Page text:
This is several years old, but it speaks to me. For real: there’s some genuine philosophy there.
QUESTION: Mr. T, why do you pity the fool?
MR. T: That is a good question. That is a good question and a legitimate question. And I’m the man to answer it. You pity the fool because you don’t want to beat up a fool. You know, pity is between sorry and mercy. See, if you pity him, you know, you won’t have to beat him up. So that’s why I say fools, you gotta give another chance because they don’t know no better. That’s why I pity them.
Or, as William Shakespeare put it:
The quality of mercy is not strained.
It droppeth as the gentle rain from heaven
Upon the place beneath. It is twice blest:
It blesseth him that gives and him that takes.
Tis mightiest in the mightiest; it becomes
The throned monarch better than his crown.
His scepter shows the force of temporal power,
The attribute to awe and majesty,
Wherein doth sit the dread and fear of kings.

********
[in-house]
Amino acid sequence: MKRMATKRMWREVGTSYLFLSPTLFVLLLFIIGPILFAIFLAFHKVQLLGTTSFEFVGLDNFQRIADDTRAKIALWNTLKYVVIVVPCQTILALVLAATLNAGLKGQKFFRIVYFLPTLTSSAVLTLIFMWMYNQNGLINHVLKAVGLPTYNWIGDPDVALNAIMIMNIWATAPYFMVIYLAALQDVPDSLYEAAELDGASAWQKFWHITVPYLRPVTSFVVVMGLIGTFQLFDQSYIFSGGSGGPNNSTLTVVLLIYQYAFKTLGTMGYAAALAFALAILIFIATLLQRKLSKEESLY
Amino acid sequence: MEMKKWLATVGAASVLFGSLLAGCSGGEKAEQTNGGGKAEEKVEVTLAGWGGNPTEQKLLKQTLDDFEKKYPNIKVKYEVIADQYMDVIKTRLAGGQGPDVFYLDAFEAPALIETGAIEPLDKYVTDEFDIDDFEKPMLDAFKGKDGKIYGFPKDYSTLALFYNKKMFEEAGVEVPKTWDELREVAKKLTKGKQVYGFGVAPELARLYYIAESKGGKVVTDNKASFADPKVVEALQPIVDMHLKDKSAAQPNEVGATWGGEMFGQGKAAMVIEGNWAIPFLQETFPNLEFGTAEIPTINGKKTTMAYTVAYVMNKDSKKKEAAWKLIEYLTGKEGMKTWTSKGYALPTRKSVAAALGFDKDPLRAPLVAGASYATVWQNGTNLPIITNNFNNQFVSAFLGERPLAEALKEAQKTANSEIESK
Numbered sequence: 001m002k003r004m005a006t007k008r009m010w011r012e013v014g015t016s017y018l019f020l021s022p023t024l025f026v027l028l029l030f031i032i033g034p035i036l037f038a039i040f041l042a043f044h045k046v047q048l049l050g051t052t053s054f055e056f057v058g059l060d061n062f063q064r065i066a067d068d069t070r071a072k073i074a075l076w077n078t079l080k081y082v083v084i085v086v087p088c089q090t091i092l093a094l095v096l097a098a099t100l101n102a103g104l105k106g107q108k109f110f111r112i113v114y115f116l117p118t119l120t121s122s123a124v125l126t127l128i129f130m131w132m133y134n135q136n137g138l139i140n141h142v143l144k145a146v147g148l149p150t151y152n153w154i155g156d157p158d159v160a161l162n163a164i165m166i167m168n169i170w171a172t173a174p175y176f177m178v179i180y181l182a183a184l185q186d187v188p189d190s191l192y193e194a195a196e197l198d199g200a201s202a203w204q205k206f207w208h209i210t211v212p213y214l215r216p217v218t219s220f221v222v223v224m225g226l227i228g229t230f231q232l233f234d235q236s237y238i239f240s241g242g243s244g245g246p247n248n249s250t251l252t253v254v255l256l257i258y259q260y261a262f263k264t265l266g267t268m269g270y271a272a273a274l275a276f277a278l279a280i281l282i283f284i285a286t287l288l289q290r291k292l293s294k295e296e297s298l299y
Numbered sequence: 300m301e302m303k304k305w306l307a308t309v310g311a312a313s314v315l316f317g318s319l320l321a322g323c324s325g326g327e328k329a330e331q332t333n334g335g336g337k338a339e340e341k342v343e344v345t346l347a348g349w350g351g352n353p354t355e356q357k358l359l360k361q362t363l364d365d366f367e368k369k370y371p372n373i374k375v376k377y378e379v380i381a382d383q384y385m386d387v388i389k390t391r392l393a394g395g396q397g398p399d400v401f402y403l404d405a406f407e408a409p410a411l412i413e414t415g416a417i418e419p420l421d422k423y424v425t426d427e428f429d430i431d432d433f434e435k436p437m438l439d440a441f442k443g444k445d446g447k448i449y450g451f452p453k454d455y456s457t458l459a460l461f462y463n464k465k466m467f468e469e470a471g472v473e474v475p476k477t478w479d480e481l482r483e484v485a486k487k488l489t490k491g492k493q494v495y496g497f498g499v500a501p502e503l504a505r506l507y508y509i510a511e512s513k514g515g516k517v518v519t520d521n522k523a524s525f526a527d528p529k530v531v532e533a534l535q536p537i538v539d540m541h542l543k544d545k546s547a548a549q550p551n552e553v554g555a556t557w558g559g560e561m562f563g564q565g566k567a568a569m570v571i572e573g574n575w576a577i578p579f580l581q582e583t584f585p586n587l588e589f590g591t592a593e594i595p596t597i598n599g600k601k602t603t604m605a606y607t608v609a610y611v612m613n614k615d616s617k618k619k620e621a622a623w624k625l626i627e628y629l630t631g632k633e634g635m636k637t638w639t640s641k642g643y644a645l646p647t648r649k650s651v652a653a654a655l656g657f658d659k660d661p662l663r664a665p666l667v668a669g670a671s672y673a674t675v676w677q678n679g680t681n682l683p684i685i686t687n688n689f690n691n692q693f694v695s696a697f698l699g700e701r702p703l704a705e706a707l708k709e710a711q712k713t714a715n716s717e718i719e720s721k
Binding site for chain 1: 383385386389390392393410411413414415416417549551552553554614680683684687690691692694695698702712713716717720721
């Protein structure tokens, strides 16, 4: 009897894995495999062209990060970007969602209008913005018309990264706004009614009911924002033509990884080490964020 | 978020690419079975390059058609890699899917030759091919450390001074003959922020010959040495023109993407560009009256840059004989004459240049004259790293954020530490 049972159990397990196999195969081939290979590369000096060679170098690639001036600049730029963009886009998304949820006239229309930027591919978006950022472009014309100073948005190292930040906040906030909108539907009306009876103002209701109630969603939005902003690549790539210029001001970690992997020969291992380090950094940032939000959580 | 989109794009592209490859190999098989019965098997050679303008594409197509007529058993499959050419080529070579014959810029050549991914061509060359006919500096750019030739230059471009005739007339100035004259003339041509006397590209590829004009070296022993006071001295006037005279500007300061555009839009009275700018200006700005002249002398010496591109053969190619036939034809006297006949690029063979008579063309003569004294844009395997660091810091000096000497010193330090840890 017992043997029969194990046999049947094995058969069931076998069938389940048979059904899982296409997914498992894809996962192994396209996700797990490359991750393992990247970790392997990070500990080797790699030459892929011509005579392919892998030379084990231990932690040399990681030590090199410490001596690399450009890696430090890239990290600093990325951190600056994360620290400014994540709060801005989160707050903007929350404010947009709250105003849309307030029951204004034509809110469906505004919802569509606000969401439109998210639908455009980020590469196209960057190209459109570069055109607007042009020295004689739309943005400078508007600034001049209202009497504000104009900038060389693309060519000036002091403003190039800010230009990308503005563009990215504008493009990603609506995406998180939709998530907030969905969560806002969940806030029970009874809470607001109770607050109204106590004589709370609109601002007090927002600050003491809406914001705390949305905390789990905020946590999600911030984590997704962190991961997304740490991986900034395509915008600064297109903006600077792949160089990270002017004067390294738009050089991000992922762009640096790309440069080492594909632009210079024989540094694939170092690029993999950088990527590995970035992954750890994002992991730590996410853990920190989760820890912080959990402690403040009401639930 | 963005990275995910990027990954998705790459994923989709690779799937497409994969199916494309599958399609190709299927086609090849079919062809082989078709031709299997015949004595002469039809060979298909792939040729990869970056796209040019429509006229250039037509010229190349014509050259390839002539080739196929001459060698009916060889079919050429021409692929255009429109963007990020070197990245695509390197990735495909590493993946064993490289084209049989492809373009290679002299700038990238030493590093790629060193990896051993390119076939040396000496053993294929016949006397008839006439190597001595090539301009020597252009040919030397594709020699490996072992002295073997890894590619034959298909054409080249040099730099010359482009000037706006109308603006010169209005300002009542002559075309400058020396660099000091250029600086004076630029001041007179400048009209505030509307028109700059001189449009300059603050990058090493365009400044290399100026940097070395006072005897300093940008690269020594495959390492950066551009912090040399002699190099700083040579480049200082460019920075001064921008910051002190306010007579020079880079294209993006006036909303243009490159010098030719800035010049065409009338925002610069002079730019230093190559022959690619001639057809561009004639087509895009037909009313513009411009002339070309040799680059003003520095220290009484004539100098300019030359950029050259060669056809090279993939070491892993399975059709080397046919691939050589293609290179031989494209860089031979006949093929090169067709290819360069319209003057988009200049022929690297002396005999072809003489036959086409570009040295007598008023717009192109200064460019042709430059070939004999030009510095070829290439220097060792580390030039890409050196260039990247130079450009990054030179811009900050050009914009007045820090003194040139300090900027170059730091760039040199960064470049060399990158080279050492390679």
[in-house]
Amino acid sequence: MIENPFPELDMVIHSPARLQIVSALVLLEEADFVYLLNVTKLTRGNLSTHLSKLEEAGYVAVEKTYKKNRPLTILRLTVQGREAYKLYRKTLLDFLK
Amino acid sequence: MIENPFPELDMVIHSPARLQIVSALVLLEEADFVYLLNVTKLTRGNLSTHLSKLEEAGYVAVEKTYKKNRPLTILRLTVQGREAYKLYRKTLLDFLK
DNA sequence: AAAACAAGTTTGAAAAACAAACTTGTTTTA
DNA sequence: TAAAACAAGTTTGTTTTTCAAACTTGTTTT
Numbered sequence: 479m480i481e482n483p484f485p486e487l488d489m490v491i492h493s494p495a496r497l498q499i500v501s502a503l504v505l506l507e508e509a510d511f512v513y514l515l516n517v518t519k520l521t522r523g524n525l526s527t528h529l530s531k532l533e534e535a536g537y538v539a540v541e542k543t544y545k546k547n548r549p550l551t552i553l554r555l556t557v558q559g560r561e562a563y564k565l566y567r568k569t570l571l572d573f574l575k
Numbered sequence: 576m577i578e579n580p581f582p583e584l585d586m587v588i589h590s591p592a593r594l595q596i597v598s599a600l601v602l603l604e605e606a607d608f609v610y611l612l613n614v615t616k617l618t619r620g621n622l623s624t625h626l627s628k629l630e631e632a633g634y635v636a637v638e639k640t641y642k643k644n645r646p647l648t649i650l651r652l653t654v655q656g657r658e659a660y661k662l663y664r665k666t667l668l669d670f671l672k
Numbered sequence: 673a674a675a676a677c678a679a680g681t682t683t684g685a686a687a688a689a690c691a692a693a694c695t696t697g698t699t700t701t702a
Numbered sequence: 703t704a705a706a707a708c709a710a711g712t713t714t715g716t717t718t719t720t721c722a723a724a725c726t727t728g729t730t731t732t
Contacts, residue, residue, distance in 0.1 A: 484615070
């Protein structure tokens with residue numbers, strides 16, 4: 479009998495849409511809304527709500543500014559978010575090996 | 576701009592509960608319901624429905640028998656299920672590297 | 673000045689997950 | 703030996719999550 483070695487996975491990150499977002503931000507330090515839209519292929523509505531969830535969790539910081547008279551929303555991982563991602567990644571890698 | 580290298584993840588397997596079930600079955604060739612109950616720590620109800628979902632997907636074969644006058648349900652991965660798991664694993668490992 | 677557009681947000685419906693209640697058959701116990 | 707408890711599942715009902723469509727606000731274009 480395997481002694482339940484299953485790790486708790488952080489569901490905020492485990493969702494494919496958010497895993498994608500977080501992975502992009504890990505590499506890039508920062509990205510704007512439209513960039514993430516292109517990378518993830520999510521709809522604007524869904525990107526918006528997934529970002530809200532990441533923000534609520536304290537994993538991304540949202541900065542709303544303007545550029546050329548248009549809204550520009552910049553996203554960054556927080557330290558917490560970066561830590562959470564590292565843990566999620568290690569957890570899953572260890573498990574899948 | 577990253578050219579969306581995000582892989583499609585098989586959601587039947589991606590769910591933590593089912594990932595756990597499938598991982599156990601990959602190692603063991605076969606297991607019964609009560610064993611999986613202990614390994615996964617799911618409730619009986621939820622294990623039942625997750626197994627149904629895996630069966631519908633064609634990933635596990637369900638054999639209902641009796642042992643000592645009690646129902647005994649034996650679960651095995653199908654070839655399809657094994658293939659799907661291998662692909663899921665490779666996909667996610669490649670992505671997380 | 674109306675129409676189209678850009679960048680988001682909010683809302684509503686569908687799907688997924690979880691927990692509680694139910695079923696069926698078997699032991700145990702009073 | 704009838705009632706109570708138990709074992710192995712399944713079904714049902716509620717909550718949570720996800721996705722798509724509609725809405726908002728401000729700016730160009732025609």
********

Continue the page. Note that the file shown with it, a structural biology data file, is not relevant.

But mercy is above this sceptered sway;
It is enthroned in the hearts of kings;
It is an attribute of God himself;
And earthly power doth then show like God’s
When mercy seasons justice.
The New Ledger will eventually have the link up, no doubt. Until then, you can still watch Mr. T Pity The Fool. William Shakespeare? Not so much, although he has a cameo in the very-quasi-Lovecraftian-detective-magic-comedy Witch Hunt*: Hollywood decided to bring him back from the dead to write screenplays because, well, wouldn’t you?
*It is downright criminal that this movie and its prequel (Cast a Deadly Spell) are only available on VHS.